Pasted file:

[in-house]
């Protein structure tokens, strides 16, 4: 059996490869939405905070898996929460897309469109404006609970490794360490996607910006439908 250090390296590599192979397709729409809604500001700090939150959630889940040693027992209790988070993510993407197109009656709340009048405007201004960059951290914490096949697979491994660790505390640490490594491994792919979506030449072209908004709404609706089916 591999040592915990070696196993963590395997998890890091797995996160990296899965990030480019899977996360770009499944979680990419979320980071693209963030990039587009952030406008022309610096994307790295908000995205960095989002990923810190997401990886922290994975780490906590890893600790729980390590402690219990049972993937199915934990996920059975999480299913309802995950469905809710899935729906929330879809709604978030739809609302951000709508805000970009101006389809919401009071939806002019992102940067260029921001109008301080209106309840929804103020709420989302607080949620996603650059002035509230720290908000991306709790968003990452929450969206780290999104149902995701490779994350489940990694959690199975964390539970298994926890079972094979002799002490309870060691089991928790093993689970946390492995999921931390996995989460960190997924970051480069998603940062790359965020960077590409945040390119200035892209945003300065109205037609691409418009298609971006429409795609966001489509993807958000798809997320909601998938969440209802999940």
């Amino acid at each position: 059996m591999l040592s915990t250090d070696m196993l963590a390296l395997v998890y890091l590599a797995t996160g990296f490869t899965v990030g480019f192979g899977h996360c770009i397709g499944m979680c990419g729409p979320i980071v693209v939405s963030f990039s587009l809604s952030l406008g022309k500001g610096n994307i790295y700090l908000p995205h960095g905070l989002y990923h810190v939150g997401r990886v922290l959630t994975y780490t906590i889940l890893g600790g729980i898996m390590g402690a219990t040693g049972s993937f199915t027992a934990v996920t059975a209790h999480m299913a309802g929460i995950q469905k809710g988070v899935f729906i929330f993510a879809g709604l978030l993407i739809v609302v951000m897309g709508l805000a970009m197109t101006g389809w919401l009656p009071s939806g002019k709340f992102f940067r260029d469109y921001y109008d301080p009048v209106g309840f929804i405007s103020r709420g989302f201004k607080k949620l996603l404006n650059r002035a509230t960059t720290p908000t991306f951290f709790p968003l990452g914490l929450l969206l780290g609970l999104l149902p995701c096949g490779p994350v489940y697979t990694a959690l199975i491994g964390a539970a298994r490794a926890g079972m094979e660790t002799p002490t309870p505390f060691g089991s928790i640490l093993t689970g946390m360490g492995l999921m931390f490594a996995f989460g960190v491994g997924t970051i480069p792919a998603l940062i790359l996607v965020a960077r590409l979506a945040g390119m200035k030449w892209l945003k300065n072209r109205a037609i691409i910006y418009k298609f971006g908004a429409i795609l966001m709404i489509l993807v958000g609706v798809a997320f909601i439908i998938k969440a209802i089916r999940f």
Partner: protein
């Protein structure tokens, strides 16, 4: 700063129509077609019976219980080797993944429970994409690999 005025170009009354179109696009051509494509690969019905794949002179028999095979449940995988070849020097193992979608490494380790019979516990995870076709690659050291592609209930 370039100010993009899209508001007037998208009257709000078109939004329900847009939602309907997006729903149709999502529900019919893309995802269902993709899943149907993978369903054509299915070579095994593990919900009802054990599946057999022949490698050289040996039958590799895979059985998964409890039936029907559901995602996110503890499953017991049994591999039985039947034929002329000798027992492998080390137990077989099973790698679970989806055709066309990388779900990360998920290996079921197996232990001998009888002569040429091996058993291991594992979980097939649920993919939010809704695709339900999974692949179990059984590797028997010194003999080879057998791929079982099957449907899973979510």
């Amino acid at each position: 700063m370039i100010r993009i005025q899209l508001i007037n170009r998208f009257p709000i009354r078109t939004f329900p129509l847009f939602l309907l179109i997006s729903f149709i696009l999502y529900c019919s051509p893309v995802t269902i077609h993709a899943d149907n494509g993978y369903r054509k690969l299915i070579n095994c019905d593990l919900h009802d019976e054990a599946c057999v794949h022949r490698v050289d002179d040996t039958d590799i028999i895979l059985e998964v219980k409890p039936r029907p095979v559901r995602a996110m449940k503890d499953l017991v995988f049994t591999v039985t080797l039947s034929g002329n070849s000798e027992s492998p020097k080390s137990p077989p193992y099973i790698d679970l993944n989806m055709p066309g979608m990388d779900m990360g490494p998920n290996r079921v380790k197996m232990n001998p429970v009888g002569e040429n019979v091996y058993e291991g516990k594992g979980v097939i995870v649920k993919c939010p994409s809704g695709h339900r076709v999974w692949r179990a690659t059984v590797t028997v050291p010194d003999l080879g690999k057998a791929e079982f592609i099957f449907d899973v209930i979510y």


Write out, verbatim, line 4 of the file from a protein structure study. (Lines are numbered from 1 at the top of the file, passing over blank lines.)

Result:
Partner: protein